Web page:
Aviary, the fifth studio album for American musician Julia Holter, is a huge work. It takes its title from a line by the poet Etel Adnan that served as inspiration: “I found myself in an aviary full of shrieking birds”. Holter saw those words as symbolising modern life, amid the cacophony of internet echo chambers, information-age saturation and chaotic thought-patterns.
Its songs – drawn from modern composition, Baroque classical, free-jazz, and psychedelia – try and capture that chaotic feeling in arrangement and orchestration, often courting cacophony themselves.
Julia Holter will be playing shows in Australia early next year.Credit:Dicky Bahto
As well as being grand in sound, Aviary is big in a far more literal fashion: it’s 90 minutes long, barely squeezing onto a double-vinyl set. The few criticisms of the album have all been to do with it being too much, in both scope and length.
“I think that if I had a choice, I wouldn’t want it to be so long,” admits Holter, 33, speaking while navigating Los Angeles traffic. “Just for practical reasons, like pressing the record, how heavy it is. It’s not ideal. But I had to do whatever [the album] needed, let it be whatever it wanted to be. I just had to follow the sound.”
Holter’s first two albums, 2011’s Tragedy and 2012’s Ekstasis, each drew from Greek myth, but on Aviary she had no such conceptual brief. “I was just trying to figure myself out,” she says. “I wanted to do that with sound and not think a lot about concepts or extra-musical ideas. I wanted to immerse myself in sound.”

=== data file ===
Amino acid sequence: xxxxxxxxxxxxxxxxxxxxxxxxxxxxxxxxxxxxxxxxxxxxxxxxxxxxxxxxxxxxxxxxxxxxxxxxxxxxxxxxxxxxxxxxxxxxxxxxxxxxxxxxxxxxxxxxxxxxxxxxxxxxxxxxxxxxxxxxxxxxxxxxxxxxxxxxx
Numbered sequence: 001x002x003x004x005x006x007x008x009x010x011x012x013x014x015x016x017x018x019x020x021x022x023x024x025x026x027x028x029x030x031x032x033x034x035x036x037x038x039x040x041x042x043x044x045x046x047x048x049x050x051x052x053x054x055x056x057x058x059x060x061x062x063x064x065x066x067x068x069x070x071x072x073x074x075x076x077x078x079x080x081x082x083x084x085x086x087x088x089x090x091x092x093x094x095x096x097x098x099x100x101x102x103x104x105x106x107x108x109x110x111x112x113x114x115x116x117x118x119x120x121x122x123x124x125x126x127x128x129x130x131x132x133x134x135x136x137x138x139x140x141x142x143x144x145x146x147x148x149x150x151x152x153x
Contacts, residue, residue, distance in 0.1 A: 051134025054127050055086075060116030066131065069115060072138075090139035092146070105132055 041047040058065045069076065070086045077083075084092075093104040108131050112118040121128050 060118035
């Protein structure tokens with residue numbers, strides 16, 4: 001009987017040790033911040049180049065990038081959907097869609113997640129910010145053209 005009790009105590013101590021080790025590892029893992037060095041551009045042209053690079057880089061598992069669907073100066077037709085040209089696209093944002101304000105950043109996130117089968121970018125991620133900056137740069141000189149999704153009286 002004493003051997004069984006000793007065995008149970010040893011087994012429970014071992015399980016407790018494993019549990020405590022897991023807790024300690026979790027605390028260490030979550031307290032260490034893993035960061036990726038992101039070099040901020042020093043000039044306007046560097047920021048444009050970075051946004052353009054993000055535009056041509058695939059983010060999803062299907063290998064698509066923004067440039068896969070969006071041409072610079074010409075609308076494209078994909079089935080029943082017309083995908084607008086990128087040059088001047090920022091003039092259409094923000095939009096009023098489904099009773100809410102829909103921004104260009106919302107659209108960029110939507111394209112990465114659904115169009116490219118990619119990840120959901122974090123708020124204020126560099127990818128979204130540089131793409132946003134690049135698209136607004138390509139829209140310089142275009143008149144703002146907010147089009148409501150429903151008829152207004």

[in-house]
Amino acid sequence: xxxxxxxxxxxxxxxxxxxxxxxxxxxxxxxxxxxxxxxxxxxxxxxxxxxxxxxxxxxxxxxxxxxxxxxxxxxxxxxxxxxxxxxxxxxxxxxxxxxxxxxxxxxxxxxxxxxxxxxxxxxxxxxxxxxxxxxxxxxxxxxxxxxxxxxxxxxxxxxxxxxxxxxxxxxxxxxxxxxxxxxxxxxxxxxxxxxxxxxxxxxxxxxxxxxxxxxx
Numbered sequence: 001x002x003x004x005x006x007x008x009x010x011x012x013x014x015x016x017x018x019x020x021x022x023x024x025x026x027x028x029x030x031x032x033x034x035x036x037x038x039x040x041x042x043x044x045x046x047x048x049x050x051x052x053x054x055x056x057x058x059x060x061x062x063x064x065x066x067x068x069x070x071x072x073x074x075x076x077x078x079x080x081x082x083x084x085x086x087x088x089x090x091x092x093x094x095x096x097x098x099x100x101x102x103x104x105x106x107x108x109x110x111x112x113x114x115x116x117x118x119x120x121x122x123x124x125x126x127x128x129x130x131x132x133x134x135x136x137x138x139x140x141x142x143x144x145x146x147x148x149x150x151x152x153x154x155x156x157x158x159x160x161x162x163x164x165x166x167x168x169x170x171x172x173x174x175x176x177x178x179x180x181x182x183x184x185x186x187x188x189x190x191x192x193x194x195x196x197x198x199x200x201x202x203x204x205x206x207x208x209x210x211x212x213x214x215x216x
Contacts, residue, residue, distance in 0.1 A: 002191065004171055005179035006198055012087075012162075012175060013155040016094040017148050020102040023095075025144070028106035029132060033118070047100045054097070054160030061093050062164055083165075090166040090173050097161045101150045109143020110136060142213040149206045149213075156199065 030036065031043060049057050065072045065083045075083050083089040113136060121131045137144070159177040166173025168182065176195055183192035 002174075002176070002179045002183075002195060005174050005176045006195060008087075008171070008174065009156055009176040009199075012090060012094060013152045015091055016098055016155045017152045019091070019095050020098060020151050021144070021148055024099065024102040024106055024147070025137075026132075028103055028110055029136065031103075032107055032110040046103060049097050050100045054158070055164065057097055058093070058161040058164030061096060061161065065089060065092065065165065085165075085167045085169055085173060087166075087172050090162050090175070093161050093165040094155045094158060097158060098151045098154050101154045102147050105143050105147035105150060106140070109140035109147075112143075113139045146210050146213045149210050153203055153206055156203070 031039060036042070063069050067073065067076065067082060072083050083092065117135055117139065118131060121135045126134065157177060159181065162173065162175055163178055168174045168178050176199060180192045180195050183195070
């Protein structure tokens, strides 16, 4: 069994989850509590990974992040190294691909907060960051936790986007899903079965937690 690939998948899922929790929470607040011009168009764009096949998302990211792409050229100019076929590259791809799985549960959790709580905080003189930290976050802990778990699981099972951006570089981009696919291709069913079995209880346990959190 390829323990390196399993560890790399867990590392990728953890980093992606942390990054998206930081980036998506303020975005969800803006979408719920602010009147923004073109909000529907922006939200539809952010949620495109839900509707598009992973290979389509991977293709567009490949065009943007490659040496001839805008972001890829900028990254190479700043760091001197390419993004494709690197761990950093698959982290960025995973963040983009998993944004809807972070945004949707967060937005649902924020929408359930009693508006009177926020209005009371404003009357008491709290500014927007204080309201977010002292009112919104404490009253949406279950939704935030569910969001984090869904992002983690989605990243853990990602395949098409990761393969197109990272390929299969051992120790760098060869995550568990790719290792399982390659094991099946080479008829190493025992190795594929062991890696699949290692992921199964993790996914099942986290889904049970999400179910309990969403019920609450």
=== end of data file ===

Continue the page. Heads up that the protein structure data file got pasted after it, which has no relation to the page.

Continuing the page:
Although midway through, Holter realised “‘oh, wait, all these songs are pretty long’”, it wasn’t until the end that she could finally see the scope of Aviary. “[Then] I tried editing it,” she says, “but it didn’t make sense being edited. It needed to be what it was.
“I don’t use Spotify or any of that streaming stuff,” she says. “I make an album for the way I listen. The best thing to do is not what other people want, because you could work on all the algorithms, have all the data, but never really know [that]. Musicians are supposed to be leaders. You go your own way and people might follow, or they might not.
“My role isn’t to tell people what I should or shouldn’t be to them. I put my music out and people can decide what they want to think about it. They can say they hate it, they can say they love it, they can say it’s stupid, they can say whatever they want. I really don’t care what people say about me.”
Julia Holter plays Mona Foma Festival in Launceston on Friday, January 18; Sydney Festival on Sunday, January 20; and Melbourne Recital Centre on Monday, January 21.
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